As Christmas 2020 approaches it is time to reflect on the impact that coextensive volume and pressure mapping (CoEVPM) has had on the practice of medicine in such a relatively short time. The idea was first patented as long ago as 2001, but only brought to the attention of fluidphysiology.org in 2016. Let’s take some recent case examples of the benefits of CoEVPM in this auspicious year of 2020…
Mr J was extricated from a motor vehicle accident looking pale, his pulse thin and rapid. The paramedic strapped a CoEVPM cuff on his arm, and got the following reading; p115, ABP 82/ 40, eCVP 4. Confident that Mr J was bleeding rather than tensioning, she just inserted an intravenous cannula for restrictive volume resuscitation and blue lighted Mr J to the E.D. On arrival a doctor did a trauma POCUS and excluded pneumothorax.
Ms K came to A&E with a tense tender abdomen and a rapid heart rate. CoEVPM on arrival revealed p 122, ABP 85/35 and eCVP 5. After balanced saline and antibiotics her CoEVPM improved to p 115, ABP 97/45, eCVP 7. In Critical Care they used the critical care CoEVPM monitor which revealed a lot more information about Ms K’s peripheral vascular circuit. For instance, they noted that her average venous elastance was only 5 (normal >100). Ms K was admitted to Surgical High Dependency Unit after emergency laparotomy, and continued to receive balanced saline at about 200 ml/h. CoEVPM p. 97, ABP 98/55, eCVP 9. Average venous elastance was not much changed at 9. In critical care we are particularly careful to keep the mean capillary pressure as low as possible during fluid resuscitation in order to avoid transient transendothelial hyper-filtration which causes avoidable oedema, and this we achieved with a little norepinephrine infusion. The Boss is a great believer in the Guytonian notion of a mean cardiac filling pressure which is independent of cardiac output; most experts these days reckon that in most cases the venule to small vein inflection pressure represents MCFP, and so that is our target pressure for fluid resuscitation here on Middleton ICU. Me, I’d be happy to target eCVP, but that is an ongoing and probably unresolvable controversy. By the third day Ms K was looking greatly improved with p. 89, ABP 105/70, eCVP 13. The Boss was happy with her MCFP, but there were some other signs that her circulation had not yet fully stabilised. Ms K’s total sensed volume was unsurprisingly high, and we planned to reduce it by a period of deresuscitation therapy. But her pulsed volume and average venous elastance remained worryingly low, so we were cautious not to precipitate another drop in her cardiac output. The students like to be shown vascular compliance stack graphics on teaching ward rounds to help them understand the new physiology, but I think most of them just conclude that a career in Orthopaedics would be far simpler and more lucrative.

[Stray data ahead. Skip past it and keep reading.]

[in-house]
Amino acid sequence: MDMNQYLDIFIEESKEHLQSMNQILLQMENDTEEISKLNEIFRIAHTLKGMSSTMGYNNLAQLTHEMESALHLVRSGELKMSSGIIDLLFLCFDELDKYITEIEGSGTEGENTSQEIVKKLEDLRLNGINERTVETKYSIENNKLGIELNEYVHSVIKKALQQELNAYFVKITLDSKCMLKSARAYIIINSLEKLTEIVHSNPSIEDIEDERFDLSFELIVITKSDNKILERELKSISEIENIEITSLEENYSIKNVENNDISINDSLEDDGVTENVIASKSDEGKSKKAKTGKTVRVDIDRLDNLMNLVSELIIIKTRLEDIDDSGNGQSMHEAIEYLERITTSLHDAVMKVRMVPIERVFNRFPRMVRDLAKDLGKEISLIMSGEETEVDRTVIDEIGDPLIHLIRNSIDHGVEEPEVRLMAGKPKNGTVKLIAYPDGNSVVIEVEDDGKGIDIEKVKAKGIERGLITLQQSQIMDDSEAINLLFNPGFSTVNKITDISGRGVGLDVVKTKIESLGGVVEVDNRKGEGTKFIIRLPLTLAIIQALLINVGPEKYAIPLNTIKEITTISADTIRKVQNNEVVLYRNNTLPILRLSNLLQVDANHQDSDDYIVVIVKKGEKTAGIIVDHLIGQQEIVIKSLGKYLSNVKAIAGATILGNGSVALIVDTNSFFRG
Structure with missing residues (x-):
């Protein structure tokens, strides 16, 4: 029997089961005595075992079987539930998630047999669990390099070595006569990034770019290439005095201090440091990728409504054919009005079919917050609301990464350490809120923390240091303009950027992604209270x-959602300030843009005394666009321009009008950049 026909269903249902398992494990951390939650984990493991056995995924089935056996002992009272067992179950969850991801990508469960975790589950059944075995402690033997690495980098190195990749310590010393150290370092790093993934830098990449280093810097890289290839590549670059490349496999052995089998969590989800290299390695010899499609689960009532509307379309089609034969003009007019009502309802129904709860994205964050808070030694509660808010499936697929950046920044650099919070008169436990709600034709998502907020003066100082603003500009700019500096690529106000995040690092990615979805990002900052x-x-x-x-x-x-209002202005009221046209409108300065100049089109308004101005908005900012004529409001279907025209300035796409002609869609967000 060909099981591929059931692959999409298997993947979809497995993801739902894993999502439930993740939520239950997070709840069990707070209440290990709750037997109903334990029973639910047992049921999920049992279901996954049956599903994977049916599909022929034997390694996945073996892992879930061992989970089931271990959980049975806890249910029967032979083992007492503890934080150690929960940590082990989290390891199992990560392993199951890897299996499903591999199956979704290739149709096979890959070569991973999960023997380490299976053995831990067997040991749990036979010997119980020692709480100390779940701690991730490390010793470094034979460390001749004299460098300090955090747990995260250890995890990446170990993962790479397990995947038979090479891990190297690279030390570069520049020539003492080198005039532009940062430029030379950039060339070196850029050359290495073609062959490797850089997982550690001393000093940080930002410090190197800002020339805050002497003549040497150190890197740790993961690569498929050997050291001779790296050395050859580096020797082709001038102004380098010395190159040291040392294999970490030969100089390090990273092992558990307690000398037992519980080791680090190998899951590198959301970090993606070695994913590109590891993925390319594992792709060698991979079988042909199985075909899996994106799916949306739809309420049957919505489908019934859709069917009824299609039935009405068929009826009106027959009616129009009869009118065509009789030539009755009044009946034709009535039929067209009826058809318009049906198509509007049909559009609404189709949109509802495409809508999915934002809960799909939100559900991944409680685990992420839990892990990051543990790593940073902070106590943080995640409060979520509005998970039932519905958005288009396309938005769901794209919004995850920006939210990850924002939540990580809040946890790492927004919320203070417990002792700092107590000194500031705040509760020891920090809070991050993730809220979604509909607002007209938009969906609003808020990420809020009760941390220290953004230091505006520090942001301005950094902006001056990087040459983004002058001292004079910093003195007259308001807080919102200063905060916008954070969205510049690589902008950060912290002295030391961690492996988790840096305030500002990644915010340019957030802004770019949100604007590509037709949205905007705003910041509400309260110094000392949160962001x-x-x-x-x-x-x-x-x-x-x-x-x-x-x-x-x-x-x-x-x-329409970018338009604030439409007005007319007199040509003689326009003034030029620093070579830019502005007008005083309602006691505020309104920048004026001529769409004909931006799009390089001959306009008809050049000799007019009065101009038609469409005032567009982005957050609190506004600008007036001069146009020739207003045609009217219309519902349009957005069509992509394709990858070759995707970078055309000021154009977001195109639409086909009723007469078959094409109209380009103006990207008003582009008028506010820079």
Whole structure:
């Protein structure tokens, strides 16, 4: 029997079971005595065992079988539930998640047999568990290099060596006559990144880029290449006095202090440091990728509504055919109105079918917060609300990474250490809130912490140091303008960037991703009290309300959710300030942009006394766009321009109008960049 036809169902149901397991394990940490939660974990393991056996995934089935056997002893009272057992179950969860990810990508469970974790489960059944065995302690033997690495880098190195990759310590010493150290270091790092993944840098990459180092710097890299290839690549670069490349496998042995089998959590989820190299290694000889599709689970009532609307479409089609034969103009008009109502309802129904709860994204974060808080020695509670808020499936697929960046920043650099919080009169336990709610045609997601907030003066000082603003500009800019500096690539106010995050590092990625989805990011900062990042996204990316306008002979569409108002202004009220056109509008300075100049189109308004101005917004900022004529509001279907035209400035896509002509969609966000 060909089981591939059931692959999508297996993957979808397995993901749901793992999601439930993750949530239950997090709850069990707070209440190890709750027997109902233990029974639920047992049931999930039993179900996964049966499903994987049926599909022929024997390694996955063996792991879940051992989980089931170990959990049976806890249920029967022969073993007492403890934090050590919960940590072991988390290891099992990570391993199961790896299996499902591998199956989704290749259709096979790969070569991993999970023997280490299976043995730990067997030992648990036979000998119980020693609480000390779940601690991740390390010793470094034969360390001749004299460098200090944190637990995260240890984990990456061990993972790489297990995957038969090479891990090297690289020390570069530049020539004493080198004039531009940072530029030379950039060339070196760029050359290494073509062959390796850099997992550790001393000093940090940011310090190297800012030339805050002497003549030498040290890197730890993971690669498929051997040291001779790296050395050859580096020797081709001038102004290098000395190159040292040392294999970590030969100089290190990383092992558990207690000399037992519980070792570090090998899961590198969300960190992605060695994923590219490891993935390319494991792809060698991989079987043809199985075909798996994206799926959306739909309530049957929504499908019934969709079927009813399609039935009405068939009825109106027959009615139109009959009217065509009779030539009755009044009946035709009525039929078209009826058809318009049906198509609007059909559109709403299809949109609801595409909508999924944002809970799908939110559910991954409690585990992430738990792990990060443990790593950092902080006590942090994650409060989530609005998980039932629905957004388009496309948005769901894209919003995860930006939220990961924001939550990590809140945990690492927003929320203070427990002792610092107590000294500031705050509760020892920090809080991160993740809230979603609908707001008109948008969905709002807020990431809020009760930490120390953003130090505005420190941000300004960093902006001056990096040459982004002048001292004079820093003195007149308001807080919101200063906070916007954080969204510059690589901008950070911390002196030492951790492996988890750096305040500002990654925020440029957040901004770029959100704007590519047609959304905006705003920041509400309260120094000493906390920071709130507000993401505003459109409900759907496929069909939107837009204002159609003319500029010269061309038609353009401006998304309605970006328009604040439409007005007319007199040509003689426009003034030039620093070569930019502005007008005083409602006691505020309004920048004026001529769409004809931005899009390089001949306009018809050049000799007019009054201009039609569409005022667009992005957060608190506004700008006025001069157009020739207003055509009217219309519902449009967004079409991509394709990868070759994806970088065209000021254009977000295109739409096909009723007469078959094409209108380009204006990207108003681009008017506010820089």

Anaesthetists everywhere are using CoEVPM to unravel the mysteries of circulatory changes during general and regional anaesthesias. The Journals seem to carry no other research. All of a sudden the brightest and the best students want to become Anaesthetists. And the new vocation of peri-operative medicine has a new favourite toy.
They tell me the biggest impact for the NHS has been from the availability of CoEVPM in every GP Surgery. Over-65s get their CoEVPM performed (instead of the old-fashioned blood pressure measurement) at every opportunity, and this has allowed for earlier identification of normal-ejection fraction heart failure with renal insufficiency. Fewer people attending A&E and fewer patients needing dialysis has to be a good thing.
Anyway, 2020 has been a year to remember on many fronts; U.K. became Europe’s strongest economy for the first time since the Battle of Waterloo, but who would have guessed that after Donald Trump’s first term as POTUS Americans would vote for Abstract truncated at Word Count Limit.